By: Bill Schammert
Soon officers and deputies may be able to pull you over simply if they notice you're unbuckled, or texting and driving.
As it stands right now, those are both secondary offenses. This means a law enforcement officer must witness you violate another traffic law, like speeding or running a red light, before they can ticket you for a secondary violation.
That's why Scottsbluff Sen. John Harms is proposing LB-807. A law that would make distracted driving and not wearing your seatbelt primary offences.
"Our law enforcement officers will tell you, they simply want the tools to be able to correct this." Sen. Harms said.
Rob Reynolds testified he will do whatever he can to strengthen the state's distracted driving laws. In 2007, Reynolds lost his 16-year-old daughter after a distracted teenager T-boned her car going 49-miles-per-hour.
"I'll never hug her again or see any of my grandchildren," he said. "And I'll never stop pushing for stronger laws against distracted driving behaviors."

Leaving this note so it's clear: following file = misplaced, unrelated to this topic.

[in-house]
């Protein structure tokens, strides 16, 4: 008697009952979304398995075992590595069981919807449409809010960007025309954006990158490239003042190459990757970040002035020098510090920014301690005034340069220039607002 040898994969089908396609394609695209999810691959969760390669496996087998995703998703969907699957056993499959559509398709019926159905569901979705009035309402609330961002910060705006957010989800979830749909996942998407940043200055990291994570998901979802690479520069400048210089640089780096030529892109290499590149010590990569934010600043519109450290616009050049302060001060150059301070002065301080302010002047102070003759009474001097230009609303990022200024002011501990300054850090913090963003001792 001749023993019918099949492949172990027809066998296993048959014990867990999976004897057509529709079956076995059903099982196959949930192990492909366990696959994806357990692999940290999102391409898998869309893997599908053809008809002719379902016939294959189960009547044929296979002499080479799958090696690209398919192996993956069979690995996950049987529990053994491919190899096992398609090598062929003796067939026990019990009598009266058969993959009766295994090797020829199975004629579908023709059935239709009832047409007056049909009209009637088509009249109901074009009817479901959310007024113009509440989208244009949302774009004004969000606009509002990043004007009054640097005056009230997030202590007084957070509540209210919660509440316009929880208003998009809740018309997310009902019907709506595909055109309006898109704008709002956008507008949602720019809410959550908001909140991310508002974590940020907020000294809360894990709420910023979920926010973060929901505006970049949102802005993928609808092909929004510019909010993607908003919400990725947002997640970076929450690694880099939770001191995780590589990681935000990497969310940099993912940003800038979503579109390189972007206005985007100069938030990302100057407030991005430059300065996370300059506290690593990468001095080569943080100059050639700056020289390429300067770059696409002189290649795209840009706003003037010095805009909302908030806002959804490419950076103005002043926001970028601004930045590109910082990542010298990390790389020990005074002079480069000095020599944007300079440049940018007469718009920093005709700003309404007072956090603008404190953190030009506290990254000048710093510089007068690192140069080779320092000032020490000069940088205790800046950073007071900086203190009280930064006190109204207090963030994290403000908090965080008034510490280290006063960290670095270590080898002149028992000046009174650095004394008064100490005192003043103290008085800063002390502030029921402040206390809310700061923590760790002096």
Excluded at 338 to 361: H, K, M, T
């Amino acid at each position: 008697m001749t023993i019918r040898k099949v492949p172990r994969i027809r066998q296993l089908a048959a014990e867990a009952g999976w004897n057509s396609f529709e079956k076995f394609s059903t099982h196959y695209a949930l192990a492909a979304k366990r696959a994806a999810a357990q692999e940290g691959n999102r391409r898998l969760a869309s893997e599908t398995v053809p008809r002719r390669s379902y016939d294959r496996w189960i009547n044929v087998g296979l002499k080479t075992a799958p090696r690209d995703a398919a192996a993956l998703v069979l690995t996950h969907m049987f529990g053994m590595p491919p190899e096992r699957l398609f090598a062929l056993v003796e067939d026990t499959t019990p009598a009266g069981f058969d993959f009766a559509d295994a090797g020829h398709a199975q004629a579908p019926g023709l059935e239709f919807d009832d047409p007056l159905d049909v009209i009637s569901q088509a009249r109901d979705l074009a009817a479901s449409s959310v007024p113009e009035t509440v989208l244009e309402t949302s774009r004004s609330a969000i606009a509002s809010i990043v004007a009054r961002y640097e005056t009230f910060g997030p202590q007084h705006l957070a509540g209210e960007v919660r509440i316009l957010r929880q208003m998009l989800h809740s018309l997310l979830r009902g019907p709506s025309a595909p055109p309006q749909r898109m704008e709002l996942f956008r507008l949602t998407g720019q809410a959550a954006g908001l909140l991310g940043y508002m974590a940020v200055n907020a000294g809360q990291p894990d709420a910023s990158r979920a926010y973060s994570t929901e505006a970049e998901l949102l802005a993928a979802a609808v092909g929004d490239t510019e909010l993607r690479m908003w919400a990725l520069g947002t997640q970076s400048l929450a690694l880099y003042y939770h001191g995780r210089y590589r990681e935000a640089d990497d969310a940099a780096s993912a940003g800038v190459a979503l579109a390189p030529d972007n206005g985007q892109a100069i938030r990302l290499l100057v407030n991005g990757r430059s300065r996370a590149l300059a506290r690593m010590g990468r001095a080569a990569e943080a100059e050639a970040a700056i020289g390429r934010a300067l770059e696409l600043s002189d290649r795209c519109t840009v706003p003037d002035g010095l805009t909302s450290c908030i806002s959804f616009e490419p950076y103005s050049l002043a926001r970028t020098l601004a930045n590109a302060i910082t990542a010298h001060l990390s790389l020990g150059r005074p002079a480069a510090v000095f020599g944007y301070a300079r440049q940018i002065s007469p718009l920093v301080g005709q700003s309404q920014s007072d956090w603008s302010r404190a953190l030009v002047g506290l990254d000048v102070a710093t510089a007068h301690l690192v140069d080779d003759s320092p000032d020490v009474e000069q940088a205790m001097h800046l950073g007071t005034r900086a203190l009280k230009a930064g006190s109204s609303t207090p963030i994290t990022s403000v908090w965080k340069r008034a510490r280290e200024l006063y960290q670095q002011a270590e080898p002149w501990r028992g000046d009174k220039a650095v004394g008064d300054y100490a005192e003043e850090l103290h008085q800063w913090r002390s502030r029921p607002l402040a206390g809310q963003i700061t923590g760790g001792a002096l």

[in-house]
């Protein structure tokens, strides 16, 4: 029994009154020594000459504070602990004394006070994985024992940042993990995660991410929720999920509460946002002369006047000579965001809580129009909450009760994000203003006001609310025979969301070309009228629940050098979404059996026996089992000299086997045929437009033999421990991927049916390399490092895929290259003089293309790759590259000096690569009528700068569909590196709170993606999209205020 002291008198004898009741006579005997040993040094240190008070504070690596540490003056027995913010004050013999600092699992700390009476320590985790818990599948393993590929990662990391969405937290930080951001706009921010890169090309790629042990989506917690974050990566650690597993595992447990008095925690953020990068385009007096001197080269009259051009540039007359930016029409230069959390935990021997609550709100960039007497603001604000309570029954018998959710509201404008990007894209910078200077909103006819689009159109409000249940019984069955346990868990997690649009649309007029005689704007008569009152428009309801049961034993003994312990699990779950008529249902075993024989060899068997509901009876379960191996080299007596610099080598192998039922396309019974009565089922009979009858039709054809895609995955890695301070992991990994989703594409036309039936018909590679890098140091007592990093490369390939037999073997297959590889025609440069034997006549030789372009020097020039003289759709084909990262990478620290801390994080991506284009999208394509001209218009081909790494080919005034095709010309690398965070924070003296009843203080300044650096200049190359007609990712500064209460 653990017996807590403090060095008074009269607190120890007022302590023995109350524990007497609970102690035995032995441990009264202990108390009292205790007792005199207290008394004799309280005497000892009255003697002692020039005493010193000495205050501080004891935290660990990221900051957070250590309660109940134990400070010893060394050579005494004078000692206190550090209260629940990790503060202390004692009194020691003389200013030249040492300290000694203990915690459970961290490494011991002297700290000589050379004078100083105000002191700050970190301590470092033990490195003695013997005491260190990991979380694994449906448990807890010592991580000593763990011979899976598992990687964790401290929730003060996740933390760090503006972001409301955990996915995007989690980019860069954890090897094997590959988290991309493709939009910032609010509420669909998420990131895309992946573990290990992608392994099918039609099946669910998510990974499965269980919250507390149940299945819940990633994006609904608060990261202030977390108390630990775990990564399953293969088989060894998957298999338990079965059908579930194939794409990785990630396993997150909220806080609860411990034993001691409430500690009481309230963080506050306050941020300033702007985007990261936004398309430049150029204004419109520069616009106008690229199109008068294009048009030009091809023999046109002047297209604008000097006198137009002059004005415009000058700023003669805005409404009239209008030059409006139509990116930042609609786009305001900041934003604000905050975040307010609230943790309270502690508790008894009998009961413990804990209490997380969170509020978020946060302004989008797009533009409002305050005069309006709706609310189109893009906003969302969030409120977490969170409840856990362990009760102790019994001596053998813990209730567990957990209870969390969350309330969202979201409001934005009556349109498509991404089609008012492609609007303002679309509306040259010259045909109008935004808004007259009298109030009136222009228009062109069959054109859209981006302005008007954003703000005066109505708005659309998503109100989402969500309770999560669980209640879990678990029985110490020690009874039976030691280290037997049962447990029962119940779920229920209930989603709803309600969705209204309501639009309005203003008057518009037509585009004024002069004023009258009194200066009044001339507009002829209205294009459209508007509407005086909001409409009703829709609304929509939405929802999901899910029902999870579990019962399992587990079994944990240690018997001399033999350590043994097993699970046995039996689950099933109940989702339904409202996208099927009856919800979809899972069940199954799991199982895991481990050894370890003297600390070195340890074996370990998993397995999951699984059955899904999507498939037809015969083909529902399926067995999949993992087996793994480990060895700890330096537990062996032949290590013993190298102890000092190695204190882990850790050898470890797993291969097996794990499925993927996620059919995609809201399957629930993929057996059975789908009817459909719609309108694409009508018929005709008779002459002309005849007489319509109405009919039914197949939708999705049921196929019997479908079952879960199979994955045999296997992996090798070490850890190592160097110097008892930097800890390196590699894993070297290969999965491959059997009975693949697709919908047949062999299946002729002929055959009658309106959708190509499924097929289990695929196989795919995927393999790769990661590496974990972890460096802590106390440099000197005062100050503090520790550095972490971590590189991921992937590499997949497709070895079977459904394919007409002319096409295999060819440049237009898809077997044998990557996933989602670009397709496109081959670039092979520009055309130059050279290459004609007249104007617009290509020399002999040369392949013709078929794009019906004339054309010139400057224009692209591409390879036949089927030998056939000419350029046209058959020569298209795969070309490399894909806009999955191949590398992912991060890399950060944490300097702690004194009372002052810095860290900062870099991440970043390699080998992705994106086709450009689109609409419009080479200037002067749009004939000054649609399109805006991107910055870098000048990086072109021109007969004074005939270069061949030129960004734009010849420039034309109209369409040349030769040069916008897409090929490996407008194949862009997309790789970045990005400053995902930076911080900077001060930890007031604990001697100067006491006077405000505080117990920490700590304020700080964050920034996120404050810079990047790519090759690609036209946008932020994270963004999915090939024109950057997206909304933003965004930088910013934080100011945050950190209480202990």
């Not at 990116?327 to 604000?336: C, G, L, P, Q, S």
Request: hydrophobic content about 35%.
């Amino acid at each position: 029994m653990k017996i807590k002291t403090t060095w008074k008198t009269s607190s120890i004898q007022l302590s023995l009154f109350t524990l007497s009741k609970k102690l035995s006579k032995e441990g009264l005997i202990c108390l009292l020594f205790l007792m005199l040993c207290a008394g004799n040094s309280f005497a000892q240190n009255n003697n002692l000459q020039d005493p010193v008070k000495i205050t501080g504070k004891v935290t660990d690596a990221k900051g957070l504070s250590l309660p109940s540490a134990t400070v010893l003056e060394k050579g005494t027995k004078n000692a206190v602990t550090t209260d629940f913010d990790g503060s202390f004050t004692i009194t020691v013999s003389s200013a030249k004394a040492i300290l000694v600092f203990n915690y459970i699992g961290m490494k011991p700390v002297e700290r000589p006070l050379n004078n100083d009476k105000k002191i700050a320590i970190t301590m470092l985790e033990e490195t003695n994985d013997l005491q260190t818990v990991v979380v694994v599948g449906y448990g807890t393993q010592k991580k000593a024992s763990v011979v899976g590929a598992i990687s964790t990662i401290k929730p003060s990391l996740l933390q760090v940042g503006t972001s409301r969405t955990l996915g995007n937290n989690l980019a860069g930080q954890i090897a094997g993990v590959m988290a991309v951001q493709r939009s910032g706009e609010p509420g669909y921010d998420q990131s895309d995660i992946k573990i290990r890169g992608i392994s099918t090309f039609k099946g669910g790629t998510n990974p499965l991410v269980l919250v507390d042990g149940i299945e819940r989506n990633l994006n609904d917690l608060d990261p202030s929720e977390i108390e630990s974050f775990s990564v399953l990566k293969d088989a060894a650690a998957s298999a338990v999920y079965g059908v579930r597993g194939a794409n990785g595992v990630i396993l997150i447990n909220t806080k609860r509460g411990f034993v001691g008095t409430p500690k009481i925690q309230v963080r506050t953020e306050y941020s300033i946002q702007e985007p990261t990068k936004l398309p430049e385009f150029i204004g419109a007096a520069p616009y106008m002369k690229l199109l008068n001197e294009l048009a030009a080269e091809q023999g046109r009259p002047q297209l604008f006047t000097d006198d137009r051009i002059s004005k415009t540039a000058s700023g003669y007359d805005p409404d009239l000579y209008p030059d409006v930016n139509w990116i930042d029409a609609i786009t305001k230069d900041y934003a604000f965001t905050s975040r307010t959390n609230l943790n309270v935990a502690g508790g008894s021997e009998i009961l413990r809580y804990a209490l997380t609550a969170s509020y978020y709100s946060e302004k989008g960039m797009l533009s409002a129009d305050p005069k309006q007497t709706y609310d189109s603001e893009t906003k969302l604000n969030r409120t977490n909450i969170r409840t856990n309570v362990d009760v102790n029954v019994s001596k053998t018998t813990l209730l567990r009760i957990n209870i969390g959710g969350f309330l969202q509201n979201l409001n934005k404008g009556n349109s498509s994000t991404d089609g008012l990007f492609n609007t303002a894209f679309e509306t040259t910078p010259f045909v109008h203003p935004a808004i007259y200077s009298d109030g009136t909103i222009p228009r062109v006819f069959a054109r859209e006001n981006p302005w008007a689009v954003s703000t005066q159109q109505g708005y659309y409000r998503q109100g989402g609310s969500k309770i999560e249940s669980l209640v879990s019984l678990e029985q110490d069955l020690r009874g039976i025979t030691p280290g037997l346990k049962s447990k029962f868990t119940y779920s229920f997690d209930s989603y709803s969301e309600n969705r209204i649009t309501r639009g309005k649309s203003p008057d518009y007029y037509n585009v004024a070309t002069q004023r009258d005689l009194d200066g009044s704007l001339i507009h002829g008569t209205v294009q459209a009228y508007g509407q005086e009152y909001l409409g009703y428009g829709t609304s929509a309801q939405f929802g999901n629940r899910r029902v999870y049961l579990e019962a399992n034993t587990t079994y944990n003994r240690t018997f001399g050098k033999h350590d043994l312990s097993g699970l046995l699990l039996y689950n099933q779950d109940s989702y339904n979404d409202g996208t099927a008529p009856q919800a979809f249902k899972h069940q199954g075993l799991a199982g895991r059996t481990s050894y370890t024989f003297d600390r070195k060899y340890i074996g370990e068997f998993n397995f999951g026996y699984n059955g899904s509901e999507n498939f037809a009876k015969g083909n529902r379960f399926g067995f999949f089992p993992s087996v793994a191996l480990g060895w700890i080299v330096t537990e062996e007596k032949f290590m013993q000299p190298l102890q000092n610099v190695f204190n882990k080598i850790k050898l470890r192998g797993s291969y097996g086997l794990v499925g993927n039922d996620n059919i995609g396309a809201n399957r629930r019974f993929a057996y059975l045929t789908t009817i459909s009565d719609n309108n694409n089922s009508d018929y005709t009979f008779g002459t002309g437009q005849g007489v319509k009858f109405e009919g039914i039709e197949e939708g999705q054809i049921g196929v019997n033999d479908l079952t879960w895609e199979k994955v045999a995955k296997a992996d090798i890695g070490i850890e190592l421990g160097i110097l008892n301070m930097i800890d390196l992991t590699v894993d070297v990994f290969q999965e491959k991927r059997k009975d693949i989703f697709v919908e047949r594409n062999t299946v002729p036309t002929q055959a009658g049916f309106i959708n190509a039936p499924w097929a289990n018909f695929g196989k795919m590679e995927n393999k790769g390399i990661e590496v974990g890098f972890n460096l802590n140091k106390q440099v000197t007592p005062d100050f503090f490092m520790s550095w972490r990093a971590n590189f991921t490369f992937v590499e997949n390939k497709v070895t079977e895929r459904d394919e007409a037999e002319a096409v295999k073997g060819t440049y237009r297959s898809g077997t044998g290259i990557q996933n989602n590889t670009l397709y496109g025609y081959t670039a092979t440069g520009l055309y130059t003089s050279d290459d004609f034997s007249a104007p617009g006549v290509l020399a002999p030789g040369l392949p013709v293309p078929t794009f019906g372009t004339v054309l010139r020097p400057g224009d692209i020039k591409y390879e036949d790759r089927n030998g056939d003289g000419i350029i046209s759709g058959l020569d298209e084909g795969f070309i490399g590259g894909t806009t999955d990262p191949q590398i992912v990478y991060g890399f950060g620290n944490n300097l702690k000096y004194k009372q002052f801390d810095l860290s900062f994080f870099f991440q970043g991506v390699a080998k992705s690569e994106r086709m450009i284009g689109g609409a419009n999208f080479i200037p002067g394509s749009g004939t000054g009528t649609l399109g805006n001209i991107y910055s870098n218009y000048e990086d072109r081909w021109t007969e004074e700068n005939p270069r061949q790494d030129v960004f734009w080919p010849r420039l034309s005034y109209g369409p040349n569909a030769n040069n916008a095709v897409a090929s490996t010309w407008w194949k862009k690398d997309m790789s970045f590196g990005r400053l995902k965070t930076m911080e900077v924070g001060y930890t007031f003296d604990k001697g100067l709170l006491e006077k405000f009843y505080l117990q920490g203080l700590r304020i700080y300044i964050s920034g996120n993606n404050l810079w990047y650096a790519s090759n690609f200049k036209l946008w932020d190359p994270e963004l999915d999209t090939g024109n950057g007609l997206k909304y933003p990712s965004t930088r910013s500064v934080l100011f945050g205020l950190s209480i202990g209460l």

Right now, Nebraska is one of just four states where distracted driving is a secondary offense. It's one of only 17 states where not wearing your seatbelt is also a secondary offense.
"Nebraska no doubt needs to catch up," Sen. Harms said.
At a hearing on Tuesday, some senators were worried about racial profiling, burden of proof and how officers could truly enforce the traffic offenses as primary violations.
Beverly Reicks with the National Safety Council says she has confidence in Nebraska drivers.
"When something is law, we are going to follow it," she said. "Particularly when it's a primary offense and there is a consequence."
The bill gets even more stringent for younger drivers. If a driver with a provisional permit in the Graduated License Program is witnessed violating those provisions, an officer can now ticket that person.
Currently, these violations are also secondary laws. They include, among other things, using your cell phone in any sort of way or driving with more than one passenger under the age of 19.